HYATTSVILLE, Md. - Rugby is the fastest growing sport in the United States and has found a new audience in the Deaf community. The modern growth of Deaf rugby began in 2009 when Mark Burke started a high school program at the Model Secondary School for the Deaf in Washington, D.C. Last year, Burke founded the All Deaf Rugby Football Club with the hope of fostering senior men's club rugby in the Deaf community. These two programs currently represent the sum total of Deaf rugby in North America. Now Burke is ready to take another pioneering step. Having completed the USA Rugby Level One Officiating training course, Burke is poised to become the first known Deaf rugby referee in the United States.
Burke initially took the class in order to gain more insight as a coach and a player. He further noted that, "With the growth of rugby in the Deaf community, I have a responsibility to promote the sport, so it was important to me that I learn everything I need to know and understand about rugby - the laws, game strategies, etc."
IRB Educators Mark Koiwai and Bob Hausler taught the course for the Potomac Society of Rugby Football Referees. To make the course accessible for Burke, the Society arranged for American Sign Language interpreters. After seeing Burke's manual scrum cadence, Hausler was confident that a Deaf referee could work matches and emphasized the use of non-verbal communication to manage the game.
After participating in the practical exercises, Burke, who has a high frequency loss, found he could not hear the whistle and had to rely solely on physical cues to manage his whistle tone and duration. Asked if he saw any challenges to reffing games, Burke answered that he did not think deafness would be an issue. He then continued with a sentiment any referee would recognize: "It's just a challenge for anyone who is now getting involved in rugby to ref. It's important to be confident first. It will take more effort on the part of the Deaf ref to be more assertive in establishing communication, but in the end confidence is key!
"I would say that we could be at an advantage, as we will not hear what others are saying," Burke continued. "We can just stay focused on the game and not let the surroundings influence the game." His sentiment is similar to those expressed by deaf Scottish referee Danny Shepherd. Other referees at the training agreed; if communication methods are established prior to the match, a Deaf referee could handle a match involving non-deaf players.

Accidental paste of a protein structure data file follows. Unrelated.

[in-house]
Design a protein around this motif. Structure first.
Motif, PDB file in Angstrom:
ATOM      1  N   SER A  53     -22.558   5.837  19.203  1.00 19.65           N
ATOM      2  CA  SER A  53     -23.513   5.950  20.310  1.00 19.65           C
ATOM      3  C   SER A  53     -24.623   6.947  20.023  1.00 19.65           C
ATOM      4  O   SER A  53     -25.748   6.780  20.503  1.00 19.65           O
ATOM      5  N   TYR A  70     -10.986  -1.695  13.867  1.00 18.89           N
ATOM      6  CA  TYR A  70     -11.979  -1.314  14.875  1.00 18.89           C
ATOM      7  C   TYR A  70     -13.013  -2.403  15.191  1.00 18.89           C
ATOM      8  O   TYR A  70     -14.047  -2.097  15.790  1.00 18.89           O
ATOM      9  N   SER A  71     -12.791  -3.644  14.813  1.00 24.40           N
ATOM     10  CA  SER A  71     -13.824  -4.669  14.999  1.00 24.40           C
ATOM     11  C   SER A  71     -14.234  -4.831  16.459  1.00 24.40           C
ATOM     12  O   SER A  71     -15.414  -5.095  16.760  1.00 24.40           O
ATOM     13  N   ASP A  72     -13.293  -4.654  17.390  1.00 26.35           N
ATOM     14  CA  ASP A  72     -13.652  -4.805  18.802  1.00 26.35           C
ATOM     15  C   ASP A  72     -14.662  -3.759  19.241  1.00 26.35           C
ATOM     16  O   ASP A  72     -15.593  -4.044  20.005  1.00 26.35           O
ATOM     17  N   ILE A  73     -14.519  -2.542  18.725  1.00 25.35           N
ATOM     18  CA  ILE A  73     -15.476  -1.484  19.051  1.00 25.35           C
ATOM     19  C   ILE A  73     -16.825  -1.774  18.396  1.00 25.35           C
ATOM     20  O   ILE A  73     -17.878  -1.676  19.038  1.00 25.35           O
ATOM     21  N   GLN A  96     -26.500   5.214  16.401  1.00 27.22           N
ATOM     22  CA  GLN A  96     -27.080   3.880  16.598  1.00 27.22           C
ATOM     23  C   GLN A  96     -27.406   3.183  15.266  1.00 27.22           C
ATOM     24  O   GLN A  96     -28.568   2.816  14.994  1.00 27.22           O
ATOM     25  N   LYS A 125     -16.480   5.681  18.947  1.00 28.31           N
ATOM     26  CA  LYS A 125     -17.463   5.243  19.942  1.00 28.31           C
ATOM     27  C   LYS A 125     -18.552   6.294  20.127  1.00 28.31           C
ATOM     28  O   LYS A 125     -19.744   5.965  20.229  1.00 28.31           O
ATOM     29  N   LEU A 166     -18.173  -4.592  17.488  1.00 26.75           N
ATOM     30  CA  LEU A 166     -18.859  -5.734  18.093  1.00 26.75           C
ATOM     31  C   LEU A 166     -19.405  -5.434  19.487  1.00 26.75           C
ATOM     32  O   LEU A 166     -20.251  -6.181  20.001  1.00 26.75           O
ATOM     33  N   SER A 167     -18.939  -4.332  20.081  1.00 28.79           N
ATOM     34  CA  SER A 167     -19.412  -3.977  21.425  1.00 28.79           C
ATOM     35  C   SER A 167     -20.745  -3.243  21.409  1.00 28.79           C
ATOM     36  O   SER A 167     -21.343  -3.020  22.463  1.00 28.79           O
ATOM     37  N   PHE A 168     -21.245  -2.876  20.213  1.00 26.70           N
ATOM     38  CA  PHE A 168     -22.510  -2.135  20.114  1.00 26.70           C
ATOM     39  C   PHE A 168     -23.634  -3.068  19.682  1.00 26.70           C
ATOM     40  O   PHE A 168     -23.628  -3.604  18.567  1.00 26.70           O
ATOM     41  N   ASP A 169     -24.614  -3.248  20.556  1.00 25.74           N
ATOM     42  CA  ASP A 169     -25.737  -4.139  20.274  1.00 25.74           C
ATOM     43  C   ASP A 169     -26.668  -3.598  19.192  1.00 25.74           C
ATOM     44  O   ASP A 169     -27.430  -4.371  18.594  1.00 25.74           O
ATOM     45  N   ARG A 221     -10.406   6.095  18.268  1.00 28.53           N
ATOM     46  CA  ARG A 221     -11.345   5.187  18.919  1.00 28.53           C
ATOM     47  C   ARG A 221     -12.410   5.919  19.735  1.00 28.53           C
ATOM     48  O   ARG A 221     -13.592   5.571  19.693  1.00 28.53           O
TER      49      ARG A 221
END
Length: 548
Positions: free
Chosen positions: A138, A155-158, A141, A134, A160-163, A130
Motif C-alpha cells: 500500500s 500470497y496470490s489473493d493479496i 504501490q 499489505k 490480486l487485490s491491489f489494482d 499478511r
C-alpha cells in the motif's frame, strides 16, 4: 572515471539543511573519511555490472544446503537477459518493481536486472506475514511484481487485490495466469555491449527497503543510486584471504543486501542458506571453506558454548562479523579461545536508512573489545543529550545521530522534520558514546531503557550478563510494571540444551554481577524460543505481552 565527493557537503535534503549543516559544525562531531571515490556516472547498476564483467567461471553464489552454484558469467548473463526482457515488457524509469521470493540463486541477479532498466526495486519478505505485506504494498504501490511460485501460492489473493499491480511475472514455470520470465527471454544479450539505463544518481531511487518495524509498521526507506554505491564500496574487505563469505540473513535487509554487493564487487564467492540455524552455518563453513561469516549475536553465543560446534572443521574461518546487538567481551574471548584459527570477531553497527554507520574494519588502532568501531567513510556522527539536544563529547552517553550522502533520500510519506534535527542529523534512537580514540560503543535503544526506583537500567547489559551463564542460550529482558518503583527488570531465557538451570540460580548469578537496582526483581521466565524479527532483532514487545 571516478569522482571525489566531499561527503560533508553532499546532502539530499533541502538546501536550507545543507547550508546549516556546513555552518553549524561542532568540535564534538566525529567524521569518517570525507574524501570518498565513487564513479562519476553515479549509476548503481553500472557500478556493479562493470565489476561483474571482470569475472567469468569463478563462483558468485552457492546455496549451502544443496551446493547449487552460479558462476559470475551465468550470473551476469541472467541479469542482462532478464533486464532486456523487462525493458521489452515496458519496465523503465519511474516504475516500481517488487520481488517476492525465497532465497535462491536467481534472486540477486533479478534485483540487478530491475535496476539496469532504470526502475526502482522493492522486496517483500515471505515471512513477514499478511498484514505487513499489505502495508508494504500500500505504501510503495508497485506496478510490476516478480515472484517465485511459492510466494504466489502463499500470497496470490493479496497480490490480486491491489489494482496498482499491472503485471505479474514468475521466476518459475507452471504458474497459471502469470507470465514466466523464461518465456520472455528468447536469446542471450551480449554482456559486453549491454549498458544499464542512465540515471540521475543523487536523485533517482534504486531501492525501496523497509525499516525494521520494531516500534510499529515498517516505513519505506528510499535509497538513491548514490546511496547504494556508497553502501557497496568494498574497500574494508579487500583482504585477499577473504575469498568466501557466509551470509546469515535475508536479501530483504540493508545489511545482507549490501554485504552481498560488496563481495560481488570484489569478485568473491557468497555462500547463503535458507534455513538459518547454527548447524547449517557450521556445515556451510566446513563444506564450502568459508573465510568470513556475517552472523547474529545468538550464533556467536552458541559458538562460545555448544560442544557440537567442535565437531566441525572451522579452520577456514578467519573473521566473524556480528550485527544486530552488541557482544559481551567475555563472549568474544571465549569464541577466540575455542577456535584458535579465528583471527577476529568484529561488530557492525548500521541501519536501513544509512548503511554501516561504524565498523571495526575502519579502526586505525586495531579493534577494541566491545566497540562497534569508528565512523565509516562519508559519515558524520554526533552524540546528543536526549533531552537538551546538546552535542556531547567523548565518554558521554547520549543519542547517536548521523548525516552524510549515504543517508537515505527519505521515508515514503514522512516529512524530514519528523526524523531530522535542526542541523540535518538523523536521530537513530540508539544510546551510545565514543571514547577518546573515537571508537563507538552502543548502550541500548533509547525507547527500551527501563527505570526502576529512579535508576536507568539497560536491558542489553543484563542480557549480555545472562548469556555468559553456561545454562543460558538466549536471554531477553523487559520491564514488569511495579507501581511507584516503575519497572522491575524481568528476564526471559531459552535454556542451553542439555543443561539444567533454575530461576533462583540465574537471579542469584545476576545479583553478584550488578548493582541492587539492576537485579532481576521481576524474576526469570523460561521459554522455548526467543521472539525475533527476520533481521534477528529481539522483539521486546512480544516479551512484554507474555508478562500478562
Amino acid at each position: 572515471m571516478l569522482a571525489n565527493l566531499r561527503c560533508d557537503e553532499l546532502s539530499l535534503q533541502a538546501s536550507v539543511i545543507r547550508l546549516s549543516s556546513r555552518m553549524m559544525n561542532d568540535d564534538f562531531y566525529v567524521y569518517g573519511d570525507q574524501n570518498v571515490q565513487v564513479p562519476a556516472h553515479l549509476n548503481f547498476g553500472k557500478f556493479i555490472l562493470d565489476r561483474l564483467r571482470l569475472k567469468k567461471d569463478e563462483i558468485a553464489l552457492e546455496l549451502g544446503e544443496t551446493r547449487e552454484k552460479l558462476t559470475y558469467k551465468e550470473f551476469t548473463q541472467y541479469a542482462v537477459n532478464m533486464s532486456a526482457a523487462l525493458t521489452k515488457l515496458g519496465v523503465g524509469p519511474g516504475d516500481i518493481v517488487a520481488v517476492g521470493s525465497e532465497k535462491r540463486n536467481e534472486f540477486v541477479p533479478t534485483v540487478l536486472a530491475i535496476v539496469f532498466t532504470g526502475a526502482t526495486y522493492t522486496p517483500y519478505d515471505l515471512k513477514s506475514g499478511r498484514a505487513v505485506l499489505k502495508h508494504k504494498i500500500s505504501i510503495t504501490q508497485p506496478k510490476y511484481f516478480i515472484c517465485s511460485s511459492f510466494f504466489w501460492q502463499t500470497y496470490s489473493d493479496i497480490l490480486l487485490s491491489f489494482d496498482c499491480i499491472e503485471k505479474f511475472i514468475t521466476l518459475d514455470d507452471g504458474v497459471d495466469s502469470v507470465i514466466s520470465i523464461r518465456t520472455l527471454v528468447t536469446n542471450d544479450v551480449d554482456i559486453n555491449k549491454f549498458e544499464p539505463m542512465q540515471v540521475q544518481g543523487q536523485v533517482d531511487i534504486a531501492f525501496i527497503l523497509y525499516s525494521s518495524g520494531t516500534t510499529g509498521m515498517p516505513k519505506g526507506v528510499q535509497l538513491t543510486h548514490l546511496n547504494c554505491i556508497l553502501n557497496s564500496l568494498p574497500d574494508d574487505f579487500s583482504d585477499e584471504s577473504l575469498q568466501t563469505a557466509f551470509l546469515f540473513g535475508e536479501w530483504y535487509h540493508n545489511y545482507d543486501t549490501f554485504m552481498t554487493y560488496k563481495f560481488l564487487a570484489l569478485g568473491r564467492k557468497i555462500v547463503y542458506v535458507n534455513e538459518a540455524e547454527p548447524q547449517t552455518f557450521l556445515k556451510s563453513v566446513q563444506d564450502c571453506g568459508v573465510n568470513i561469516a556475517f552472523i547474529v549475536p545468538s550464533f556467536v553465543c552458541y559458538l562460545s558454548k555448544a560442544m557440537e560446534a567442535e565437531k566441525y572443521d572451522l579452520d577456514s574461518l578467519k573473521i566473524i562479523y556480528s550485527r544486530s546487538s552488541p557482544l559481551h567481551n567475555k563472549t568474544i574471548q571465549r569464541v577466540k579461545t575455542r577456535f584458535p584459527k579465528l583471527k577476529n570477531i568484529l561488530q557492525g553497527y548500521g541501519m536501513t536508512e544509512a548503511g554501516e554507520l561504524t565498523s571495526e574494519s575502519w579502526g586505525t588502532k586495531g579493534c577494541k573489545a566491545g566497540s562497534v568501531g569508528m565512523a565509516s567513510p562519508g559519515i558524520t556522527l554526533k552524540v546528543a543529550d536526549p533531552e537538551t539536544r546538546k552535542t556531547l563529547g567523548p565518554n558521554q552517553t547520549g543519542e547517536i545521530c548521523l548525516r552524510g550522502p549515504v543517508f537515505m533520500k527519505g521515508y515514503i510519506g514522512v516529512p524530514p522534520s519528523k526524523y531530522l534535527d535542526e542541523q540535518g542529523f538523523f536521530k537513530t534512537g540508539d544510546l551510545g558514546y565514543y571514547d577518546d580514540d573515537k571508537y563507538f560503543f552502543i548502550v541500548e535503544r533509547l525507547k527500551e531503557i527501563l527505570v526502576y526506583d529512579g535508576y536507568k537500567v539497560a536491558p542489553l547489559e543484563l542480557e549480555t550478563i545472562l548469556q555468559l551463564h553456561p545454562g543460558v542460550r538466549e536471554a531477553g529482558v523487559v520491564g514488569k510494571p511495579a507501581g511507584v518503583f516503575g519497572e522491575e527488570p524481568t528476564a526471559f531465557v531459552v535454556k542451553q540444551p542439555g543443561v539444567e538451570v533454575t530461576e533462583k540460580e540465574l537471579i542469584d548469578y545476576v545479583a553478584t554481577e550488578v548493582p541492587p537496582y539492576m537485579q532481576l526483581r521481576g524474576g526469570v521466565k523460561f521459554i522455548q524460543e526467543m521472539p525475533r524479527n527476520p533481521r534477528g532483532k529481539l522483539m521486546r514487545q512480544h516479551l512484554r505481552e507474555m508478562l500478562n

"I will ref at some point, but right now I want to fully grasp the game first," Burked answered when asked when he saw himself officiating his first match. "I think I will be reffing sooner than I think, as I am getting the push from one of the other coaches on our staff. He knows I can do it, he has confidence in me. I do know that I am comfortable asking for help, as I'm surrounded by knowledgeable people."
In the end, Burke is focused more on the similarities between himself and the other students, rather than their differences.
"To start with, I was kind of nervous to attend the class, as I don't know all the laws yet and I know I am not ready to ref just yet. I relaxed when I discovered that I am not the only one in the class who feels that way. The others in the class all have different experiences in rugby, from starting out to having been involved in rugby on a high level. I do know that all those who attend the class have a genuine interest in rugby."